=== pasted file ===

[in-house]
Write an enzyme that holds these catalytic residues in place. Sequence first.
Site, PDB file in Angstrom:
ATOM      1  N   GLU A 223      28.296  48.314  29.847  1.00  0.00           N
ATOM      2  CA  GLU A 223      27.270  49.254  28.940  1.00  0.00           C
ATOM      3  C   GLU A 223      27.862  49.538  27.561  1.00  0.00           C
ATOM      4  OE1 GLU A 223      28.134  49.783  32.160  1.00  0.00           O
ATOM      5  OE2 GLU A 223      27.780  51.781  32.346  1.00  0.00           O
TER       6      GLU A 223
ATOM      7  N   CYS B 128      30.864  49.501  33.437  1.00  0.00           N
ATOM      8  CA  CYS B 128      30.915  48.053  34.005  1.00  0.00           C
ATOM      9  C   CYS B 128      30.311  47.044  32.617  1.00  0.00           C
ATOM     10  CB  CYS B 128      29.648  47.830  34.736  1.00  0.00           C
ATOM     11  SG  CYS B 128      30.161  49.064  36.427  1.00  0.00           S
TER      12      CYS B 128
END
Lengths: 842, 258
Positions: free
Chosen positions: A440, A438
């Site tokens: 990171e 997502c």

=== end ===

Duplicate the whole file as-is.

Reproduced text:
[in-house]
Write an enzyme that holds these catalytic residues in place. Sequence first.
Site, PDB file in Angstrom:
ATOM      1  N   GLU A 223      28.296  48.314  29.847  1.00  0.00           N
ATOM      2  CA  GLU A 223      27.270  49.254  28.940  1.00  0.00           C
ATOM      3  C   GLU A 223      27.862  49.538  27.561  1.00  0.00           C
ATOM      4  OE1 GLU A 223      28.134  49.783  32.160  1.00  0.00           O
ATOM      5  OE2 GLU A 223      27.780  51.781  32.346  1.00  0.00           O
TER       6      GLU A 223
ATOM      7  N   CYS B 128      30.864  49.501  33.437  1.00  0.00           N
ATOM      8  CA  CYS B 128      30.915  48.053  34.005  1.00  0.00           C
ATOM      9  C   CYS B 128      30.311  47.044  32.617  1.00  0.00           C
ATOM     10  CB  CYS B 128      29.648  47.830  34.736  1.00  0.00           C
ATOM     11  SG  CYS B 128      30.161  49.064  36.427  1.00  0.00           S
TER      12      CYS B 128
END
Lengths: 842, 258
Positions: free
Chosen positions: A440, A438
């Site tokens: 990171e 997502c």